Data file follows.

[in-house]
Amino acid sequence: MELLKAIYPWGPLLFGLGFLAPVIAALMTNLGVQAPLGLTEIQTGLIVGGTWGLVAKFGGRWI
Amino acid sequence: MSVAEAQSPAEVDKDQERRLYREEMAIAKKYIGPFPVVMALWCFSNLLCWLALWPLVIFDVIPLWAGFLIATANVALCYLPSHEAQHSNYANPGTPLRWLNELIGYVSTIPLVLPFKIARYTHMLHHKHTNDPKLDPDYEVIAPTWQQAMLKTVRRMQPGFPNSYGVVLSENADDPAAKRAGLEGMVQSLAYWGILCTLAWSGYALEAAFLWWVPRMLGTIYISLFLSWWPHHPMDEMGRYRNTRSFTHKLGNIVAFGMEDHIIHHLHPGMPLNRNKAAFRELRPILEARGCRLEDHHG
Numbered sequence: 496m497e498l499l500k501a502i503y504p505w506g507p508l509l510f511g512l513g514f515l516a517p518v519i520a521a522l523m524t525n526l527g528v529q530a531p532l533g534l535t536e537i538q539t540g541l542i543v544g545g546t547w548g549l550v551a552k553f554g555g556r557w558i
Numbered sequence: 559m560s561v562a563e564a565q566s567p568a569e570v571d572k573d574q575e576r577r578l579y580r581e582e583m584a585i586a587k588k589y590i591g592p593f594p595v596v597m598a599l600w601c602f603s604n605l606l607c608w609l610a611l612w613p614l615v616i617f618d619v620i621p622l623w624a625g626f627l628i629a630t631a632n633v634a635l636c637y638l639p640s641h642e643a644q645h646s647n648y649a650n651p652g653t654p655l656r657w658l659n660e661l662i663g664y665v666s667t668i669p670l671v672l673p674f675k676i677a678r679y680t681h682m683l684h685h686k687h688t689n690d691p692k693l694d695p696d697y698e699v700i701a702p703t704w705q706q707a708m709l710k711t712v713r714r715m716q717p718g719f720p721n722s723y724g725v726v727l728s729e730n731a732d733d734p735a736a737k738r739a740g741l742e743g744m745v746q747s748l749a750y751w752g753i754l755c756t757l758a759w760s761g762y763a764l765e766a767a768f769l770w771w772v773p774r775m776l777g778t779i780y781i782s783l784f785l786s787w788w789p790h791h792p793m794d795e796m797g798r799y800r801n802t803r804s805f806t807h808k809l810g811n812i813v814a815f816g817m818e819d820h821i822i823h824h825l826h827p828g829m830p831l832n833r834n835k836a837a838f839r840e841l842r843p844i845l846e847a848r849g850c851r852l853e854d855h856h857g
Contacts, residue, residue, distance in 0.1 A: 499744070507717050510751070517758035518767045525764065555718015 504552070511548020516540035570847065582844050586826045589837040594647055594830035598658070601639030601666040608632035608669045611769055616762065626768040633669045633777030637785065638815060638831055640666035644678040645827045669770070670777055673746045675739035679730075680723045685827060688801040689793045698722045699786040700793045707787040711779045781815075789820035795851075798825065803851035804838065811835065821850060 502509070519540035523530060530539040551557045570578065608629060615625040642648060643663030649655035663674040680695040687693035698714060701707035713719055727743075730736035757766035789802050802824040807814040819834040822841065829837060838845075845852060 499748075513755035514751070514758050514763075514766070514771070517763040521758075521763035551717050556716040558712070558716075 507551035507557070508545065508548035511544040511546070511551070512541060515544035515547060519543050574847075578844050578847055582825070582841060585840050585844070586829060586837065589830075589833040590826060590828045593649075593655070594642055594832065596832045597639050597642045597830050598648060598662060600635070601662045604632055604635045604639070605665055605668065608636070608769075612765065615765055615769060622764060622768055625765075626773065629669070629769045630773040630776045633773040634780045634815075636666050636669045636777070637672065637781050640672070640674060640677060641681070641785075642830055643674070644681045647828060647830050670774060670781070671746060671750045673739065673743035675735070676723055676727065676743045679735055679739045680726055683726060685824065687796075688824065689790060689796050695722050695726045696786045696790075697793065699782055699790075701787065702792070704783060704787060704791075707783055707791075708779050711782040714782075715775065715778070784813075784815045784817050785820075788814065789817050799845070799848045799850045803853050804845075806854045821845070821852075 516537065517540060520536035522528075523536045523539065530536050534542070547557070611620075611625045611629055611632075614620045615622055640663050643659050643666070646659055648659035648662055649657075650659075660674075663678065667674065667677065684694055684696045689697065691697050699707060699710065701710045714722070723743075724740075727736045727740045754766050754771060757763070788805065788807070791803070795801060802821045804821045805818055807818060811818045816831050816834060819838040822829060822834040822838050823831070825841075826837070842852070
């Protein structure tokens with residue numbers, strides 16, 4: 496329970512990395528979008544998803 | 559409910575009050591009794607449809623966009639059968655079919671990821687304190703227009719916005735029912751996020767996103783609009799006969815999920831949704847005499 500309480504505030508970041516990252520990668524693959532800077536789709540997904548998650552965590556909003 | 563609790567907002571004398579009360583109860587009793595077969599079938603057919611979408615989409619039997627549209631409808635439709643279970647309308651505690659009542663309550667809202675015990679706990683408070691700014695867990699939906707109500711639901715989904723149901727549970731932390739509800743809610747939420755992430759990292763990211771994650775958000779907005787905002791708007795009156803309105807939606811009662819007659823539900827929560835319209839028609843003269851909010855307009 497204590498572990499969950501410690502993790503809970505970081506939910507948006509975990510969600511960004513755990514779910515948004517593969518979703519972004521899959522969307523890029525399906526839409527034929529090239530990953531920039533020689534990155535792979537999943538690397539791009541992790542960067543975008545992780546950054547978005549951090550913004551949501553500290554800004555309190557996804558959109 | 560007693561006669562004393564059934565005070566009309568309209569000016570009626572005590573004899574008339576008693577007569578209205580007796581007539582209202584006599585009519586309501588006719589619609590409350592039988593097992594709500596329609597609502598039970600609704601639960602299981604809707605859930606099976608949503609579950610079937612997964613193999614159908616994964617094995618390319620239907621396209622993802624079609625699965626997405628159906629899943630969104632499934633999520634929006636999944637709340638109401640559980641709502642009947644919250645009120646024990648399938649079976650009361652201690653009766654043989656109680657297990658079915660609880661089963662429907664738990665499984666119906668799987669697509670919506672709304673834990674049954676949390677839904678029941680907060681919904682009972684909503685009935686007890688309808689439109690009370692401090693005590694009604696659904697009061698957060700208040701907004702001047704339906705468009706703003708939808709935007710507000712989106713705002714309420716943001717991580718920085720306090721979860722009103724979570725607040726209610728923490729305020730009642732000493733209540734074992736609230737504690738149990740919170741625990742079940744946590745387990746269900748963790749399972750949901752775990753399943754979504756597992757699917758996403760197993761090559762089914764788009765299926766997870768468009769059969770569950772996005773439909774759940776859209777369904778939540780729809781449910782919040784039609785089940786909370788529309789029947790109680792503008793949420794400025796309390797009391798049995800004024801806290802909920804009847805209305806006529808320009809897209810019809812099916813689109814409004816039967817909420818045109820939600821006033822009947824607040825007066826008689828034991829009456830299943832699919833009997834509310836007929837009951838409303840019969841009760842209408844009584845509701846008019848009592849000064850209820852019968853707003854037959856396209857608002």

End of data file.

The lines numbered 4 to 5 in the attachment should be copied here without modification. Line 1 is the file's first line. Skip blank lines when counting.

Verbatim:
Numbered sequence: 496m497e498l499l500k501a502i503y504p505w506g507p508l509l510f511g512l513g514f515l516a517p518v519i520a521a522l523m524t525n526l527g528v529q530a531p532l533g534l535t536e537i538q539t540g541l542i543v544g545g546t547w548g549l550v551a552k553f554g555g556r557w558i
Numbered sequence: 559m560s561v562a563e564a565q566s567p568a569e570v571d572k573d574q575e576r577r578l579y580r581e582e583m584a585i586a587k588k589y590i591g592p593f594p595v596v597m598a599l600w601c602f603s604n605l606l607c608w609l610a611l612w613p614l615v616i617f618d619v620i621p622l623w624a625g626f627l628i629a630t631a632n633v634a635l636c637y638l639p640s641h642e643a644q645h646s647n648y649a650n651p652g653t654p655l656r657w658l659n660e661l662i663g664y665v666s667t668i669p670l671v672l673p674f675k676i677a678r679y680t681h682m683l684h685h686k687h688t689n690d691p692k693l694d695p696d697y698e699v700i701a702p703t704w705q706q707a708m709l710k711t712v713r714r715m716q717p718g719f720p721n722s723y724g725v726v727l728s729e730n731a732d733d734p735a736a737k738r739a740g741l742e743g744m745v746q747s748l749a750y751w752g753i754l755c756t757l758a759w760s761g762y763a764l765e766a767a768f769l770w771w772v773p774r775m776l777g778t779i780y781i782s783l784f785l786s787w788w789p790h791h792p793m794d795e796m797g798r799y800r801n802t803r804s805f806t807h808k809l810g811n812i813v814a815f816g817m818e819d820h821i822i823h824h825l826h827p828g829m830p831l832n833r834n835k836a837a838f839r840e841l842r843p844i845l846e847a848r849g850c851r852l853e854d855h856h857g